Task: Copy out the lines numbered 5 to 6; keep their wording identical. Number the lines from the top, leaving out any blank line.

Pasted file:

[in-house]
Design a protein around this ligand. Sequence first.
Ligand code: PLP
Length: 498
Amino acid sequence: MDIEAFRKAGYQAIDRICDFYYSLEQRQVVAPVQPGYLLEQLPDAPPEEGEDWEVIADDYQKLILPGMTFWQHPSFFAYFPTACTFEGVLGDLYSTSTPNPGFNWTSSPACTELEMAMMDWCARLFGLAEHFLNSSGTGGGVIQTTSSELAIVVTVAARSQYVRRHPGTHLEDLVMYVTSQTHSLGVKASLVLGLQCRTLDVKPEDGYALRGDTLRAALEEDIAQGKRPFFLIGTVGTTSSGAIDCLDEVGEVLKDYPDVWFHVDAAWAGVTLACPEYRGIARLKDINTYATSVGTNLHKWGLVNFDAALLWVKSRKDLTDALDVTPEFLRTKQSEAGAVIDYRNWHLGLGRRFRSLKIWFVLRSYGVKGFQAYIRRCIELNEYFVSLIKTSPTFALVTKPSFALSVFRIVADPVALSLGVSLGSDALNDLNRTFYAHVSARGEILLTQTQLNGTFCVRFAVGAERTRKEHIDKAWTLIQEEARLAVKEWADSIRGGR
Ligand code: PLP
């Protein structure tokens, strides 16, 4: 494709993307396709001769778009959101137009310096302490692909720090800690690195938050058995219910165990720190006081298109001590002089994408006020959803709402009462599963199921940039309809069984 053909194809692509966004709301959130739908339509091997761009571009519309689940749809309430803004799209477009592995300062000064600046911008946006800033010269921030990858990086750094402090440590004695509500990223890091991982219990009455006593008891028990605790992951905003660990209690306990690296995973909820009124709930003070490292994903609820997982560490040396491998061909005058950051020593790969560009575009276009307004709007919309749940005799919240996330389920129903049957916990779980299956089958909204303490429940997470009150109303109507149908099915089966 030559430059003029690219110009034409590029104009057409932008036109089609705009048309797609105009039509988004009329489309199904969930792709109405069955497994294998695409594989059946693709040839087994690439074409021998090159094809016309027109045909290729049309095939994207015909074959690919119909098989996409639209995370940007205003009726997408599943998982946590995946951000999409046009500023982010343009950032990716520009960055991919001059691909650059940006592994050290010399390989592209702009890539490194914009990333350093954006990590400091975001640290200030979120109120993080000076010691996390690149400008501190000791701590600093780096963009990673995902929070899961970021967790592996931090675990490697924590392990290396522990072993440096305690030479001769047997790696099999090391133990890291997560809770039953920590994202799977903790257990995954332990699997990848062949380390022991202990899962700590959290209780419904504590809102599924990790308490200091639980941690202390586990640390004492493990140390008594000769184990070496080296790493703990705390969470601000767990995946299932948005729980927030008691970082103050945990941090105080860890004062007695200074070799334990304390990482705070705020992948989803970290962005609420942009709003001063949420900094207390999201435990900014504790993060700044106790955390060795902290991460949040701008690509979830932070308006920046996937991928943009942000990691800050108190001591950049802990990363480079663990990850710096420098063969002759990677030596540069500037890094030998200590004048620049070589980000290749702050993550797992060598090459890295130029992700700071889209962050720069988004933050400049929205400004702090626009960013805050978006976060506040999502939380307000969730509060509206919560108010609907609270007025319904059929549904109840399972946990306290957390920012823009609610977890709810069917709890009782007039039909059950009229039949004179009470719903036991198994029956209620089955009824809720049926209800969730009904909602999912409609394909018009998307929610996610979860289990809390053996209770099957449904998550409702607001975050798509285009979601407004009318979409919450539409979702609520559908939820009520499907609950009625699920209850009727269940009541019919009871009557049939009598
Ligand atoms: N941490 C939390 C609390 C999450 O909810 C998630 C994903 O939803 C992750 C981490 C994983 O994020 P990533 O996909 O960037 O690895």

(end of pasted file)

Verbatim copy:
Amino acid sequence: MDIEAFRKAGYQAIDRICDFYYSLEQRQVVAPVQPGYLLEQLPDAPPEEGEDWEVIADDYQKLILPGMTFWQHPSFFAYFPTACTFEGVLGDLYSTSTPNPGFNWTSSPACTELEMAMMDWCARLFGLAEHFLNSSGTGGGVIQTTSSELAIVVTVAARSQYVRRHPGTHLEDLVMYVTSQTHSLGVKASLVLGLQCRTLDVKPEDGYALRGDTLRAALEEDIAQGKRPFFLIGTVGTTSSGAIDCLDEVGEVLKDYPDVWFHVDAAWAGVTLACPEYRGIARLKDINTYATSVGTNLHKWGLVNFDAALLWVKSRKDLTDALDVTPEFLRTKQSEAGAVIDYRNWHLGLGRRFRSLKIWFVLRSYGVKGFQAYIRRCIELNEYFVSLIKTSPTFALVTKPSFALSVFRIVADPVALSLGVSLGSDALNDLNRTFYAHVSARGEILLTQTQLNGTFCVRFAVGAERTRKEHIDKAWTLIQEEARLAVKEWADSIRGGR
Ligand code: PLP